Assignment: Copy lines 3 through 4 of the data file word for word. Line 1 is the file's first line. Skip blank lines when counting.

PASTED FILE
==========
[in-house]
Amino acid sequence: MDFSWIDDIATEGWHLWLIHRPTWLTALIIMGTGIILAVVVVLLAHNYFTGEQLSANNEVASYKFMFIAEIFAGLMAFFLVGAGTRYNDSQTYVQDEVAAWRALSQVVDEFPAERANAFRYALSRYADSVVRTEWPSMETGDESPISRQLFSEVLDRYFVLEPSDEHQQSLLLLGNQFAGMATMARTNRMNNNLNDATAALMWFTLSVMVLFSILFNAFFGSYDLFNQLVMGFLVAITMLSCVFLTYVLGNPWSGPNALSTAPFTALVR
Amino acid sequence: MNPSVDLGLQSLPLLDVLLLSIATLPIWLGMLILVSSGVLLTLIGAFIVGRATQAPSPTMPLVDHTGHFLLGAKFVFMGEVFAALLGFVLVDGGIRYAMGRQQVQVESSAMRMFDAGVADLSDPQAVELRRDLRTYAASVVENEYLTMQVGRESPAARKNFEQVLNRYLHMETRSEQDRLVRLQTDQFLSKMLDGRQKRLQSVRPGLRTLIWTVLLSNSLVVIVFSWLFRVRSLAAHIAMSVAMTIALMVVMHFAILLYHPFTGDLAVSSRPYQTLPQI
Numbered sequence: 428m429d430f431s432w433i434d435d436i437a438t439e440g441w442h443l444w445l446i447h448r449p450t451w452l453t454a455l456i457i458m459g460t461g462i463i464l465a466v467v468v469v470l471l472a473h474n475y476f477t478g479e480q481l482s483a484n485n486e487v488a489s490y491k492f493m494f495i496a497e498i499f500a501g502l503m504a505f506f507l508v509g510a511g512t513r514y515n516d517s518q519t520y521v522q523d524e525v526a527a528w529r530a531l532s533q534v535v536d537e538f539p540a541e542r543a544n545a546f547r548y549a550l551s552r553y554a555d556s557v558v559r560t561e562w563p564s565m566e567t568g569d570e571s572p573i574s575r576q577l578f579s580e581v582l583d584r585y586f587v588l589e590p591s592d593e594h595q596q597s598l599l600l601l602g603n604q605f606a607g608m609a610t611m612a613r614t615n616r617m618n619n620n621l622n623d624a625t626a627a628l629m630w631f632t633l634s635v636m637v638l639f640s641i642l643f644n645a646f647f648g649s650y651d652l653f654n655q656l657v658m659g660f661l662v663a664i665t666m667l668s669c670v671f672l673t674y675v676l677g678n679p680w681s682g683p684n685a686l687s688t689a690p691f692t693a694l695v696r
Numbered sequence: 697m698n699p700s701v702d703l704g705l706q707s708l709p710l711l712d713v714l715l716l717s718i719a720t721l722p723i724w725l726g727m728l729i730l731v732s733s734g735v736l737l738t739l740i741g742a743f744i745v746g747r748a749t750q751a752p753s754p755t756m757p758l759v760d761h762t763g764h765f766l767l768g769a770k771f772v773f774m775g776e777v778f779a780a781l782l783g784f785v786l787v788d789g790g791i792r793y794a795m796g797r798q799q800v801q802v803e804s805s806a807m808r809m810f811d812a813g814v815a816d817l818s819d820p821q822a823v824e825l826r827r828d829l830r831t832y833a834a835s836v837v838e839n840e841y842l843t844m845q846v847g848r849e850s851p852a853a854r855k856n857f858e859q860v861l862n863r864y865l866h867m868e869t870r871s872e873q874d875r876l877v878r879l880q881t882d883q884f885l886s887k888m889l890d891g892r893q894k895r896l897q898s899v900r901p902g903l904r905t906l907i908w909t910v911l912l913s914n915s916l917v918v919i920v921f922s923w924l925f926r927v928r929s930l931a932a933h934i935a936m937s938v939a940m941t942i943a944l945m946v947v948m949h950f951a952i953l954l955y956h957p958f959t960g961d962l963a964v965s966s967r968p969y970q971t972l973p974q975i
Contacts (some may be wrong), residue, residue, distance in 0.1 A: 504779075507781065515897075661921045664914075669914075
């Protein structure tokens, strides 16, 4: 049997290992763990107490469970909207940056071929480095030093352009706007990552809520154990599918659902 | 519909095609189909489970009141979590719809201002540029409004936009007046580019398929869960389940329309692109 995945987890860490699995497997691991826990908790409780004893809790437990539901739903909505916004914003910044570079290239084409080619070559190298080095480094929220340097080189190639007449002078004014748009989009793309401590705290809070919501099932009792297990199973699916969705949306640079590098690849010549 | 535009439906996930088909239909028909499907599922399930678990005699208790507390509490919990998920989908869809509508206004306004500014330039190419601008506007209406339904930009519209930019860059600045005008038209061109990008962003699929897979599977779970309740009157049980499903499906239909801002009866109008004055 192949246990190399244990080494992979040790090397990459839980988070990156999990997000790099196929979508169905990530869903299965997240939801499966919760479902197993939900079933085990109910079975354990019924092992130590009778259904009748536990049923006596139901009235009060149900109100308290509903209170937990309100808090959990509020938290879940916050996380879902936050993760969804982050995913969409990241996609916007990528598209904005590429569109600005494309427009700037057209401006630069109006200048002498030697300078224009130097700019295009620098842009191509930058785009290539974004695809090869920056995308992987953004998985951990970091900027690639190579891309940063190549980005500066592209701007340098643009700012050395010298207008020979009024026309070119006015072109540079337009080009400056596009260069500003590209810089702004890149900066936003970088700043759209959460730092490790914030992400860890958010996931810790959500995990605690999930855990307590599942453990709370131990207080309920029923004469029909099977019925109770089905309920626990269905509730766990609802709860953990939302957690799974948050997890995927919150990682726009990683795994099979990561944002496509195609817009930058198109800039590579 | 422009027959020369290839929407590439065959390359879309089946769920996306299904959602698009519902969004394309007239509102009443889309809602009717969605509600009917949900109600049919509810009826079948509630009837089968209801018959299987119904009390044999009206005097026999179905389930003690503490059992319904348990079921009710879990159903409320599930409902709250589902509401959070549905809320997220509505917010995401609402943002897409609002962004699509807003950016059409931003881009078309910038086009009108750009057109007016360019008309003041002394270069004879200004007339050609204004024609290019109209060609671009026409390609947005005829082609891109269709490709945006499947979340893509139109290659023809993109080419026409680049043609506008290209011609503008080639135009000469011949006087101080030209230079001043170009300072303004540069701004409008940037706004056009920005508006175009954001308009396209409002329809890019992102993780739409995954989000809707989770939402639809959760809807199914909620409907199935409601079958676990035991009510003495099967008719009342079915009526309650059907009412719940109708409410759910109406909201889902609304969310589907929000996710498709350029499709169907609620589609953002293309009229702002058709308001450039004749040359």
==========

Amino acid sequence: MNPSVDLGLQSLPLLDVLLLSIATLPIWLGMLILVSSGVLLTLIGAFIVGRATQAPSPTMPLVDHTGHFLLGAKFVFMGEVFAALLGFVLVDGGIRYAMGRQQVQVESSAMRMFDAGVADLSDPQAVELRRDLRTYAASVVENEYLTMQVGRESPAARKNFEQVLNRYLHMETRSEQDRLVRLQTDQFLSKMLDGRQKRLQSVRPGLRTLIWTVLLSNSLVVIVFSWLFRVRSLAAHIAMSVAMTIALMVVMHFAILLYHPFTGDLAVSSRPYQTLPQI
Numbered sequence: 428m429d430f431s432w433i434d435d436i437a438t439e440g441w442h443l444w445l446i447h448r449p450t451w452l453t454a455l456i457i458m459g460t461g462i463i464l465a466v467v468v469v470l471l472a473h474n475y476f477t478g479e480q481l482s483a484n485n486e487v488a489s490y491k492f493m494f495i496a497e498i499f500a501g502l503m504a505f506f507l508v509g510a511g512t513r514y515n516d517s518q519t520y521v522q523d524e525v526a527a528w529r530a531l532s533q534v535v536d537e538f539p540a541e542r543a544n545a546f547r548y549a550l551s552r553y554a555d556s557v558v559r560t561e562w563p564s565m566e567t568g569d570e571s572p573i574s575r576q577l578f579s580e581v582l583d584r585y586f587v588l589e590p591s592d593e594h595q596q597s598l599l600l601l602g603n604q605f606a607g608m609a610t611m612a613r614t615n616r617m618n619n620n621l622n623d624a625t626a627a628l629m630w631f632t633l634s635v636m637v638l639f640s641i642l643f644n645a646f647f648g649s650y651d652l653f654n655q656l657v658m659g660f661l662v663a664i665t666m667l668s669c670v671f672l673t674y675v676l677g678n679p680w681s682g683p684n685a686l687s688t689a690p691f692t693a694l695v696r